Stock Market Counterfactuals

December was an awful month for stocks.

The S&P 500 fell up to 15% at one point, culminating in the Christmas Eve shellacking which saw stocks fall almost 3% a day after they had fallen 2%. Stocks did rally more than 6.5% from that point until the end of the month.

All told, the S&P was down almost 9% for December and fell 19.8% from the end of September through the close on Christmas Eve.

A family member joked on Christmas he was going to have to sell his house to make ends meet now that the stock market was crashing.

Through the close on Thursday, the S&P has now rallied more than 15% off the lows.

I’m guessing this relief rally has to make stock investors feel much better about themselves but this didn’t have to be the way things worked out. In an alternate universe, stocks continued to crash or stayed volatile and went nowhere, offering little hope for investors looking for a reprieve from the selling.

Here’s what these different paths may have looked like:

The average bear market since WWII is a downturn of roughly 34%, which is what’s shown in the worst-case scenario here. A choppy market may have been even harder to stomach because it provides temptation to do something, anything, to make something happen.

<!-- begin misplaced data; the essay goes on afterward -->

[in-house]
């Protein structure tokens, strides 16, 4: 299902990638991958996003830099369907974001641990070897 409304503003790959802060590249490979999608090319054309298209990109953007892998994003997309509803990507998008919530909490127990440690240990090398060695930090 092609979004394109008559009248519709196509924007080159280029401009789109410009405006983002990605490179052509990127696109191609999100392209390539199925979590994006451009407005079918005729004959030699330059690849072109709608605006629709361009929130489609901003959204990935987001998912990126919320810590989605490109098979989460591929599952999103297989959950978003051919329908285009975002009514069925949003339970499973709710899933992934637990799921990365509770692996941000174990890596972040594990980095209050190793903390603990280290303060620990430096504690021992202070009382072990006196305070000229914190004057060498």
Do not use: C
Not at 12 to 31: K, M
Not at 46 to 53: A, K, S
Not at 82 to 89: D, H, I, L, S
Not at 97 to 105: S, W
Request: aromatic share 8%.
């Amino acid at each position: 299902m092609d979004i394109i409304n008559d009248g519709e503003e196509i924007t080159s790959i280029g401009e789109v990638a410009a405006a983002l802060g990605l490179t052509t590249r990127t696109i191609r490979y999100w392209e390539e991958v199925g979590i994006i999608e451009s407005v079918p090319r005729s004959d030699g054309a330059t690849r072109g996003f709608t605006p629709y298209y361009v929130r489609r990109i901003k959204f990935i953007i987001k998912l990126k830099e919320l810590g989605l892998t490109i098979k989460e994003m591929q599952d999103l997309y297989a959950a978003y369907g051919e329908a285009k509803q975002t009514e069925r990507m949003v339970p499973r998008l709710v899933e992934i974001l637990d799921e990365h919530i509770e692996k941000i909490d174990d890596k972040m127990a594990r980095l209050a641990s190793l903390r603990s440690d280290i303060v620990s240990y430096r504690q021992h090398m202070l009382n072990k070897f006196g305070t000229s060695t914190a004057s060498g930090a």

Luckily, we didn’t have to contend with those scenarios but we will at some point. Stocks will crash beyond 20% in the future. There isn’t always going to be a nice V-shaped bottom where stocks rally immediately after they’ve fallen.

Getting bailed out by a swift rally in the stock market is not a plan. Eventually, there is going to be an extended downturn. It doesn’t have to be of the 2008-variety but even run-of-the-mill bear markets can last upwards of 18 to 36 months.

I don’t know if Christmas Eve was the bottom before new all-time highs are breached yet again or just a bottom in a longer-term downtrend.

But if you were one of those people who were ready to sell all of your belongings simply because stocks dropped 20% in three months or so, you’ve been given a gift in the form of this rally.

The time to reassess your risk tolerance is not when stocks are falling. By that point, it’s already too late for most people because the likely outcome is an overreaction.

The time to think about risk is when there is none. Think about how you can survive a downturn when stocks are rising and you feel good about yourself, not when they’re falling and it feels like the world as we know it is coming to an end.

Your current profits can be vaporized at any moment. If you underestimated your threshold for pain before volatility reappeared in 2018, now is a perfect time to reassess.

Further Reading:
All-Time Highs, Risk & Consequences

Now here’s what I’ve been reading lately:

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